#BSidesBelfast: Threat Hunting Requires Curiosity and Culture
November 1, 2019 Share

#BSidesBelfast: Threat Hunting Requires Curiosity and Culture

Building a threat hunting team requires finding people who are prepared to be inquisitive of data, are keen to be the first to find a threat and having the right culture for them to work in.

Speaking at Bsides Belfast 2019, Martin Lee, outreach manager and Technical Lead at Cisco Talos, said that the team at Talos “work on analyzing the intelligence we have got, spot what is different and understand it, and as there is no manual on how to manage and function a threat research and intelligence team, the research team has grown organically.

He said that there is a common belief that threat hunting involves “putting data in and mixing it with tools using SIEM, and using procedures to find threats,” when threat hunting should be thought of as a “stack of technology” where you do not need a “secret store of data that only you can access.”

Lee added: “We look for the most significant new threat on the internet, and see our role as to protect the entire internet. We want to hunt down and find the bad guys and be the first people to protect customers and inform the community.”

A lot of threat hunting “is classic engineering,” as if you put processes in at the beginning and follow them, you will come to a predicable end with a clean answer, and Lee called that “the holy grail” situation. In most cases, threat hunting involves looking through indicators of compromise and comparable data, and the resolution is affected by attackers using different domains, different IP addresses and different data.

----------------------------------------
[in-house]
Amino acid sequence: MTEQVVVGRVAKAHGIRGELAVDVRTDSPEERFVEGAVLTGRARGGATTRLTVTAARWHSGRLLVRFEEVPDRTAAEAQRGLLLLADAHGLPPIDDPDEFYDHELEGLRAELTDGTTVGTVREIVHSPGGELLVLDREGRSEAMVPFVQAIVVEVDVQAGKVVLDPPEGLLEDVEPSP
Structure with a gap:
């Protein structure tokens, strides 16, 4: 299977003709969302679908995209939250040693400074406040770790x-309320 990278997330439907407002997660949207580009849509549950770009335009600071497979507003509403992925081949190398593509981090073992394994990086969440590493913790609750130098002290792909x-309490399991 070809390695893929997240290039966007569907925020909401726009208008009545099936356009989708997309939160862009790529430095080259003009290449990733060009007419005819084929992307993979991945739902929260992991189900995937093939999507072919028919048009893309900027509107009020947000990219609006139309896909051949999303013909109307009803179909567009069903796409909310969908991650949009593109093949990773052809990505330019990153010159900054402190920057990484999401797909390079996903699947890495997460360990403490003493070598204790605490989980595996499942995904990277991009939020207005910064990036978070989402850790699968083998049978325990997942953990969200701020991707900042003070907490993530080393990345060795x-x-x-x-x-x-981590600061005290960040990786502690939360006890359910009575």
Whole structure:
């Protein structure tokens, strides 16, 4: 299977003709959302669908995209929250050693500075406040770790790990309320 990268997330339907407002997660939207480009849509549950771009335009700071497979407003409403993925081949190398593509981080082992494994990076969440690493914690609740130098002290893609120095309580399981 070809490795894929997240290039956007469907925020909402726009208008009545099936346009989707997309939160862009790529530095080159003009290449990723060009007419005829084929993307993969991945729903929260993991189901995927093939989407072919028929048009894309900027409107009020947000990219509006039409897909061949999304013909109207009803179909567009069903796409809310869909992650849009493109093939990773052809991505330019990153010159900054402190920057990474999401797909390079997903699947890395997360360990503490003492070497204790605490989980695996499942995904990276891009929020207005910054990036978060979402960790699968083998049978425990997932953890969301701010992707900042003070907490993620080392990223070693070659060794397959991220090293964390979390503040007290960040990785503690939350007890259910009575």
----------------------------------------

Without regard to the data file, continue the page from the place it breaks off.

Lee also said that when there is a successful effort at threat hunting, this can be turned into an automated process.

“We find bad guys, find them first and hunt them down on the internet,” he said. “We have a strong sense of mission and a high degree of success as people want to hunt and encourage each other to keep going, it is not a job, but a lifestyle.”

Lee also said that very little of threat hunting is the common perception of “get a SIEM and go on the dark web” as a SIEM shows the analyst one view, which makes it difficult to ask different and innovative questions of the data.

As for the dark web, he acknowledged that there is malicious activity in the dark web “as you can find bad guys discussing [things] before they happen,” but the set of things that happen versus things discussed on the dark web often means “a lot of it can just be noise and people discussing things that may not happen.”

He said that “more important than tooling is people with skills” who will thrive in the right culture as you “can kill people with tooling if you have the wrong culture.” Also, you need to have some idea of what you want to find, and if you have no idea what you are looking for, you will never find it.

Lee recommended building a strategy on what you’re hoping to find and what you would like to find, and decide what you would do with it and how to improve the goals of an organization. Also, use tools that allow you to ask questions of data easily, and hire people who are curious of things “and get to the root cause of what is going on.”

This post #BSidesBelfast: Threat Hunting Requires Curiosity and Culture originally appeared on InfoSecurity Magazine.

Read More